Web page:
Today, our world faces generational challenges, from poverty and hunger, to climate change to the COVID-19 pandemic. More than ever, we need to overcome our differences and unite as one team working together to tackle these obstacles and create a safer, more peaceful, and more sustainable future for all.

The Role of Sport in Combating Climate Change

With the need for urgent action growing more dire every day, the relationship between sport and climate must be better understood and ways of developing policies and taking concrete action to help reverse the impact of climate change through sport must be communicated to as wide an audience as possible. Join us on 6 April 2022 at 9:30 a.m. EDT on the UN YouTube Channel and UN Web TV for a virtual event hosted by UN Under-Secretary-General Melissa Fleming.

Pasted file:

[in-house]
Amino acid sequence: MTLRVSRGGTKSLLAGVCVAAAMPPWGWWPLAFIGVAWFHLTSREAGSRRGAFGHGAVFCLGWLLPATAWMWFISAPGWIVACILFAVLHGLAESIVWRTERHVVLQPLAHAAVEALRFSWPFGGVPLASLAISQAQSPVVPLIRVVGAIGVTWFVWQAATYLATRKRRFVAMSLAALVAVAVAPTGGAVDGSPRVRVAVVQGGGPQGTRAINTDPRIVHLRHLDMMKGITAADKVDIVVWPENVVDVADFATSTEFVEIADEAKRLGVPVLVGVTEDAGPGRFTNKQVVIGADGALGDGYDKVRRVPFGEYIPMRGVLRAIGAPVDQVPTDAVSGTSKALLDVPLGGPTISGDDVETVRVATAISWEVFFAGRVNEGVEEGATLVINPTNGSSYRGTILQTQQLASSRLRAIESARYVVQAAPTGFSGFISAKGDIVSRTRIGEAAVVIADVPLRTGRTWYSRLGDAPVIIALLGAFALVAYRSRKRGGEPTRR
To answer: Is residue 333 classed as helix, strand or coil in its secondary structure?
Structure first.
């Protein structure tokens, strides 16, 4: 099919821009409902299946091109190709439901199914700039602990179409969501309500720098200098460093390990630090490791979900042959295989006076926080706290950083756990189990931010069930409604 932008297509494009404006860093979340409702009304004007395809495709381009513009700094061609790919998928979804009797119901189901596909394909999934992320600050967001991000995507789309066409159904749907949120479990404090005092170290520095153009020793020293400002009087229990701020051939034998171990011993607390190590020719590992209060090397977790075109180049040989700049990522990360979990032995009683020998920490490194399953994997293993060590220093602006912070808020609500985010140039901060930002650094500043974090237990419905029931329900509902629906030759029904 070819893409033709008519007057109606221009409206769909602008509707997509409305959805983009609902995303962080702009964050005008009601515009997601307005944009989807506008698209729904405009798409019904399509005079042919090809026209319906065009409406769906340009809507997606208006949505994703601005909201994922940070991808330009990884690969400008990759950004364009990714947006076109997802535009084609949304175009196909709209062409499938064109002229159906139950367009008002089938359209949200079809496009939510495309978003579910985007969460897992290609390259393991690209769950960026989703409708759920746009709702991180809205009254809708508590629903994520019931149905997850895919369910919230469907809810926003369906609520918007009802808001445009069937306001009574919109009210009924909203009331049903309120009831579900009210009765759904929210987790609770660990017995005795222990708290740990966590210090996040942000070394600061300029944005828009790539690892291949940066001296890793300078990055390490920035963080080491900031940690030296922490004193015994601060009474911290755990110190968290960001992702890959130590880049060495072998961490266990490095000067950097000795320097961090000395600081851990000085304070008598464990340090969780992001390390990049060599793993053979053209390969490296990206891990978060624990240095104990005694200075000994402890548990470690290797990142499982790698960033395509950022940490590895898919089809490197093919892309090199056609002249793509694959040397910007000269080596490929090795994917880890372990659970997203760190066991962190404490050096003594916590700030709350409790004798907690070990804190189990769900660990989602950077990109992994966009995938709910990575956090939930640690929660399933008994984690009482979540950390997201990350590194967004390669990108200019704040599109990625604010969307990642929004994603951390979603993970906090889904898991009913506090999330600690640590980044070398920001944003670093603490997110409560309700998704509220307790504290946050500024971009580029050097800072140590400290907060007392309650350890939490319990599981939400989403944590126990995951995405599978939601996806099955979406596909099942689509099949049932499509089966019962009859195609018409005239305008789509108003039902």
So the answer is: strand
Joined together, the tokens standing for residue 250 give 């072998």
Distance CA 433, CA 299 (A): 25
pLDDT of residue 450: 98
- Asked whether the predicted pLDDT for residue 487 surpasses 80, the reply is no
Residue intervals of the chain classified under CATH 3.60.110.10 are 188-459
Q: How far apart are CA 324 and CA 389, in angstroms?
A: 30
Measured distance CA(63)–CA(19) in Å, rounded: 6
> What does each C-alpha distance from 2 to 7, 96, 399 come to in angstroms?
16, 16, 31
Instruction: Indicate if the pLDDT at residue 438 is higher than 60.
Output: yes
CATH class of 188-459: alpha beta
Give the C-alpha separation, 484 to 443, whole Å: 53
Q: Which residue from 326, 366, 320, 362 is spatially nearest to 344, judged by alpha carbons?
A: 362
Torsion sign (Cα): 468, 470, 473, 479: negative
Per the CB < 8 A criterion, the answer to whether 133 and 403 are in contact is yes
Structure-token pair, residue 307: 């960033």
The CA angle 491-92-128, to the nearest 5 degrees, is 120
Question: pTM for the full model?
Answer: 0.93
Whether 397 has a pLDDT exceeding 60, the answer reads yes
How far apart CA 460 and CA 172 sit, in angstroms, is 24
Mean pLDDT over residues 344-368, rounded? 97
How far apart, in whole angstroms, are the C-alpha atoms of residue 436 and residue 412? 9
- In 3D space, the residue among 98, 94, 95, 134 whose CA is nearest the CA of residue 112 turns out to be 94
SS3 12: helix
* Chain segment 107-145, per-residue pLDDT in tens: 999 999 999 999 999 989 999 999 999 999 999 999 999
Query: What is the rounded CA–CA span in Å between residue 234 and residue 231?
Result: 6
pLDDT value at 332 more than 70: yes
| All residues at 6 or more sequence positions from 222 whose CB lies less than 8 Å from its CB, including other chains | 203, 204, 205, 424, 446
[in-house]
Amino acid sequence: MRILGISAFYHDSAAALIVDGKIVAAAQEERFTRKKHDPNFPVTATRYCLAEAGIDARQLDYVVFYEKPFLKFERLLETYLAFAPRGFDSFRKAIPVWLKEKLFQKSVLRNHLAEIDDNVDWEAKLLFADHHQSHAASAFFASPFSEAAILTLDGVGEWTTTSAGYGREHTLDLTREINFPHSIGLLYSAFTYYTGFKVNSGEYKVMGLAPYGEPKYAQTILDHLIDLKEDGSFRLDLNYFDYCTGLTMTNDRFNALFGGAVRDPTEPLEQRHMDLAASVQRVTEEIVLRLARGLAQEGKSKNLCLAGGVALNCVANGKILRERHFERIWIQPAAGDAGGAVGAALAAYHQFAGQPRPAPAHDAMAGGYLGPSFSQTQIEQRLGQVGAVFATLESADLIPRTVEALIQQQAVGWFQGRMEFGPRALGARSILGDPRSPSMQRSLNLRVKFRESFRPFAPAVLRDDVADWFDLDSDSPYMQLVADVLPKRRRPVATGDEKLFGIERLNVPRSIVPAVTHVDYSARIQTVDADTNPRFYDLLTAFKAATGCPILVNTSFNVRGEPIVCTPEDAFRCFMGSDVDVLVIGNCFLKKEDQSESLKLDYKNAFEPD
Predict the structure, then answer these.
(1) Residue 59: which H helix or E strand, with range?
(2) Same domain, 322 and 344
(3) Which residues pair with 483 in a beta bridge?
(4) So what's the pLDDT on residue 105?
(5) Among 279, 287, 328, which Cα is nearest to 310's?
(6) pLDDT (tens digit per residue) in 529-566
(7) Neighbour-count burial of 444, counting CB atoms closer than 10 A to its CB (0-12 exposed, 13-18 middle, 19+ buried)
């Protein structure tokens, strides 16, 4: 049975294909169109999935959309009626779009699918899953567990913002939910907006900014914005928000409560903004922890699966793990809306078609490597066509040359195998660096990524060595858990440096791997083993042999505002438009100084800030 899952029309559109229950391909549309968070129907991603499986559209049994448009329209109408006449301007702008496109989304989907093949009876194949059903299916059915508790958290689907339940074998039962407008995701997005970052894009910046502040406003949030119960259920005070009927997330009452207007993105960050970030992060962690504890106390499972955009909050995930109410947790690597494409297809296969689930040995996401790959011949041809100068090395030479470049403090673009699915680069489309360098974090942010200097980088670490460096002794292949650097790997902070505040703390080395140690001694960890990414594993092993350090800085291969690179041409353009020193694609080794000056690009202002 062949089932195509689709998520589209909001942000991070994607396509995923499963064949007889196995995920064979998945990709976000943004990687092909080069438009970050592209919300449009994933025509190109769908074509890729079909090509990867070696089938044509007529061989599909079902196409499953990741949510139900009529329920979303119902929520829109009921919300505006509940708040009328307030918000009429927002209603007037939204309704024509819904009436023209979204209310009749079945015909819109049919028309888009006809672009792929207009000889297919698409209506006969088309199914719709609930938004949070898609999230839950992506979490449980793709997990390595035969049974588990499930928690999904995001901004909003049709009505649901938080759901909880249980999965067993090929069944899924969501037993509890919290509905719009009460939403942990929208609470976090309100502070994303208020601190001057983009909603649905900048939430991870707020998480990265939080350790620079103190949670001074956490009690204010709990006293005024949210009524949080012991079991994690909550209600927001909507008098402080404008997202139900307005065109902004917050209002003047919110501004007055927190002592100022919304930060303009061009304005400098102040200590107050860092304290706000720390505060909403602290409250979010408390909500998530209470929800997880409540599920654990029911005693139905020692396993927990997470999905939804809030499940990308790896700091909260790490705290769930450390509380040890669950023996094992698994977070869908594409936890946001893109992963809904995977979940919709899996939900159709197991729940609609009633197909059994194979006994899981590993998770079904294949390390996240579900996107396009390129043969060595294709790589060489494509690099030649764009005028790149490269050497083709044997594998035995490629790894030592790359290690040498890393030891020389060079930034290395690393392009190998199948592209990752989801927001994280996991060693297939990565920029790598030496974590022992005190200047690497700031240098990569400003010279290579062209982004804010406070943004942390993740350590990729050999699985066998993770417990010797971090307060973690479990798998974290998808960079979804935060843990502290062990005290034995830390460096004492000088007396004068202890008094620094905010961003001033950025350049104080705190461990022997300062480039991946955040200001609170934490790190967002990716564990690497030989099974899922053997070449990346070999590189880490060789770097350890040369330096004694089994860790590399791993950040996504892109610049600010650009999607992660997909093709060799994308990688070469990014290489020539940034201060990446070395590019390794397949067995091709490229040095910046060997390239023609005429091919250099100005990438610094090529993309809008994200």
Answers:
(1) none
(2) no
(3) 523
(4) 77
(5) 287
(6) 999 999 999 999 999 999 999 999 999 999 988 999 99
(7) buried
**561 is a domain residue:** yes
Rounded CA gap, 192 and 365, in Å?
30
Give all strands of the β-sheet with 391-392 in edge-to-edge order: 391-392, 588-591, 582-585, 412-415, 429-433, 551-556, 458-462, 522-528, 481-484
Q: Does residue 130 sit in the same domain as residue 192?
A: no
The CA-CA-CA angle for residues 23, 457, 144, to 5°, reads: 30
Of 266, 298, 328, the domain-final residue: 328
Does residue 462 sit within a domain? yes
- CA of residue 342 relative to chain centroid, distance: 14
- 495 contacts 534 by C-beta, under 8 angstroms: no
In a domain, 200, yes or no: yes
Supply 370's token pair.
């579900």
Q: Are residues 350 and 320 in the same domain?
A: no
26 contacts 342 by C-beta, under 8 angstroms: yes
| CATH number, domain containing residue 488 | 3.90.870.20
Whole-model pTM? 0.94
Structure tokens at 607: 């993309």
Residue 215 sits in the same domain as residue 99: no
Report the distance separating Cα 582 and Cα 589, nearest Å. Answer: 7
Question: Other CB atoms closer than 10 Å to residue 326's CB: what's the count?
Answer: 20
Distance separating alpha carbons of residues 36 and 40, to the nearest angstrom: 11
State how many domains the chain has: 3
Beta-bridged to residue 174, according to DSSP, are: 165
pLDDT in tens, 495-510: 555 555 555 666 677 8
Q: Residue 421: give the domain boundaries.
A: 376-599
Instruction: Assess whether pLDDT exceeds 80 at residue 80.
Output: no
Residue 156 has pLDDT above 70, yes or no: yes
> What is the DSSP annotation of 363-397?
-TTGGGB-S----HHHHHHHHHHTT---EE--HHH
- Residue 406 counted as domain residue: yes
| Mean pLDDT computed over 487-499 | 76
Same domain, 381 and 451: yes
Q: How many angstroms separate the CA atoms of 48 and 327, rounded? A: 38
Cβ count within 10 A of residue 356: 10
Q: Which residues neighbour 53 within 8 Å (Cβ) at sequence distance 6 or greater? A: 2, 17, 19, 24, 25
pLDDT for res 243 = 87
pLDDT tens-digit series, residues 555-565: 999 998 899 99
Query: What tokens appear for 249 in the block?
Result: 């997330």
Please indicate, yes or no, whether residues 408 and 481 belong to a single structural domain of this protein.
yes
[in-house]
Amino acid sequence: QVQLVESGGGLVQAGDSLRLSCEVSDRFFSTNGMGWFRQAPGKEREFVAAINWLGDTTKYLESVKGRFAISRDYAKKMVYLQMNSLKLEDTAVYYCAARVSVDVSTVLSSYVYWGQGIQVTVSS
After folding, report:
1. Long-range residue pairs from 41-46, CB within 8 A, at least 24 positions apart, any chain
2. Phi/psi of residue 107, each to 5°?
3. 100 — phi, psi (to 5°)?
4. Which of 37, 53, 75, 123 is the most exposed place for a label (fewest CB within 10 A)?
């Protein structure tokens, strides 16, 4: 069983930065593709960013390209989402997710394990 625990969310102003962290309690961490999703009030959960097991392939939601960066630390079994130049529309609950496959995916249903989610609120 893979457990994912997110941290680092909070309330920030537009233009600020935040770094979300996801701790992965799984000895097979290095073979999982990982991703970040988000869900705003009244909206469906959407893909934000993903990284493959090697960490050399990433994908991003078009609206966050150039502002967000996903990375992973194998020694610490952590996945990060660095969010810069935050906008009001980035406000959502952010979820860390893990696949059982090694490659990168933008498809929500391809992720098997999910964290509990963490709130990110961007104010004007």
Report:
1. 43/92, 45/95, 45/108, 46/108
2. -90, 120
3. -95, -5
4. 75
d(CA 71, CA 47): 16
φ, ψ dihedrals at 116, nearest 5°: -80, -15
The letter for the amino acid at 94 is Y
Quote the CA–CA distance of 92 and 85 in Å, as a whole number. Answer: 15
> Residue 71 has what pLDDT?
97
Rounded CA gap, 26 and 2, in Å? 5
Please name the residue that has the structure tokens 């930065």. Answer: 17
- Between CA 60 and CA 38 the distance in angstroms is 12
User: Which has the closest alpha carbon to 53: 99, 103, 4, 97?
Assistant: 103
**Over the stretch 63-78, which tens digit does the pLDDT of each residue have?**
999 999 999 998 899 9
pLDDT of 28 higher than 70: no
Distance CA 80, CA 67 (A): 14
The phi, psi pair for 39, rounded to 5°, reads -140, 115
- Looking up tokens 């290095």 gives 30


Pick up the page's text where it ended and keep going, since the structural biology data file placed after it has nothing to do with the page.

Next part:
Register here.

Kategorien: english

Inclusive Quality Education for All

31. März 2022 - 19:08

Over the past decade, major progress has been made towards increasing access to education generally, as well as for persons with autism specifically.

However, in 2020, as the COVID-19 pandemic spread across the globe, a majority of countries announced the temporary closure of schools, impacting more than 90 per cent of students worldwide. The disruption in learning caused by the pandemic has reversed years of progress and has exacerbated inequalities in education.

Many students with autism have been especially hard hit and studies show that they have been disproportionately affected by disruptions to routines, as well as services and supports that they rely on.

Sustainable Development Goal 4 – Quality Education

The 17 Sustainable Development Goals adopted by world leaders at the United Nations in 2015 provide a blueprint for addressing the major challenges facing the world, including inequality.